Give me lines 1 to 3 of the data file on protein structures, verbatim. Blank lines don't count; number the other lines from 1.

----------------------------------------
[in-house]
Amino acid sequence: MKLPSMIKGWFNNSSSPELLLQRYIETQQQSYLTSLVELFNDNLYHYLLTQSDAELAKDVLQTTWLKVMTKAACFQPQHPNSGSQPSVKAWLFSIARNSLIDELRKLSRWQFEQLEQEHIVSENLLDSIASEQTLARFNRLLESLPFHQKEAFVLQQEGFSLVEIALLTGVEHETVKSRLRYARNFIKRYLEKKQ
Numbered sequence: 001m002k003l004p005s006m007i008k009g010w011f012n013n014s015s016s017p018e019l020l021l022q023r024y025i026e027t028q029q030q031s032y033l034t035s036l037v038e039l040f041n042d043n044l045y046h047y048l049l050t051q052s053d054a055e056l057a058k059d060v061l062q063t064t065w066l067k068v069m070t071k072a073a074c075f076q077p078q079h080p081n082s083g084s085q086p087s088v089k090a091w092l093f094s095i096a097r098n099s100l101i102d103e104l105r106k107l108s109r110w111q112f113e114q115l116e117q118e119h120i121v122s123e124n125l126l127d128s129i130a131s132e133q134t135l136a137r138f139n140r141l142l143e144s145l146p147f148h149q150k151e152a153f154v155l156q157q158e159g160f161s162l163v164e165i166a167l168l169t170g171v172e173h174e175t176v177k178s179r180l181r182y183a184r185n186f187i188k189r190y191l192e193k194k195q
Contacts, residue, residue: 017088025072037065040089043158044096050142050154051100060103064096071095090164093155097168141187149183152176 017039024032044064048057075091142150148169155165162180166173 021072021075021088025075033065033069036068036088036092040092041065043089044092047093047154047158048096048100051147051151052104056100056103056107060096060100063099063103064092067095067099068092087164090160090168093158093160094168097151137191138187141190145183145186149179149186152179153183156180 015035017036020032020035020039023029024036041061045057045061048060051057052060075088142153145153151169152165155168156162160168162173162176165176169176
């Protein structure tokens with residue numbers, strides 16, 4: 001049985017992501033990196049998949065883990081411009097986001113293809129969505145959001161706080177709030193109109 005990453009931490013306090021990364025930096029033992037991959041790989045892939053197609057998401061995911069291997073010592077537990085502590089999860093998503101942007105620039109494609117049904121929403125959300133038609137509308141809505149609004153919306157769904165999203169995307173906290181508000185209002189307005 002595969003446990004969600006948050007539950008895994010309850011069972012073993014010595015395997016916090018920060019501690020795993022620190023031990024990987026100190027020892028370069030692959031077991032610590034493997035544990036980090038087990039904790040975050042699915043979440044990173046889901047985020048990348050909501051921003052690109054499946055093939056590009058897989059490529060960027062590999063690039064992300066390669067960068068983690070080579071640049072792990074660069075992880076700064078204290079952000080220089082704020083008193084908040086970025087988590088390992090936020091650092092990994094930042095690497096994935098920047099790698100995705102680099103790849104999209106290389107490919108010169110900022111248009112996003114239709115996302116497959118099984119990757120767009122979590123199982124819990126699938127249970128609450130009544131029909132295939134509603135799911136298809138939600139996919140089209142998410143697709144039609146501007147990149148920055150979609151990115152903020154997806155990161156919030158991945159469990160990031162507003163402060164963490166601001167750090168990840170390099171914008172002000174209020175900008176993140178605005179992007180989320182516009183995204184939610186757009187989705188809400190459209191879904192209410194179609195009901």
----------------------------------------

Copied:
[in-house]
Amino acid sequence: MKLPSMIKGWFNNSSSPELLLQRYIETQQQSYLTSLVELFNDNLYHYLLTQSDAELAKDVLQTTWLKVMTKAACFQPQHPNSGSQPSVKAWLFSIARNSLIDELRKLSRWQFEQLEQEHIVSENLLDSIASEQTLARFNRLLESLPFHQKEAFVLQQEGFSLVEIALLTGVEHETVKSRLRYARNFIKRYLEKKQ
Numbered sequence: 001m002k003l004p005s006m007i008k009g010w011f012n013n014s015s016s017p018e019l020l021l022q023r024y025i026e027t028q029q030q031s032y033l034t035s036l037v038e039l040f041n042d043n044l045y046h047y048l049l050t051q052s053d054a055e056l057a058k059d060v061l062q063t064t065w066l067k068v069m070t071k072a073a074c075f076q077p078q079h080p081n082s083g084s085q086p087s088v089k090a091w092l093f094s095i096a097r098n099s100l101i102d103e104l105r106k107l108s109r110w111q112f113e114q115l116e117q118e119h120i121v122s123e124n125l126l127d128s129i130a131s132e133q134t135l136a137r138f139n140r141l142l143e144s145l146p147f148h149q150k151e152a153f154v155l156q157q158e159g160f161s162l163v164e165i166a167l168l169t170g171v172e173h174e175t176v177k178s179r180l181r182y183a184r185n186f187i188k189r190y191l192e193k194k195q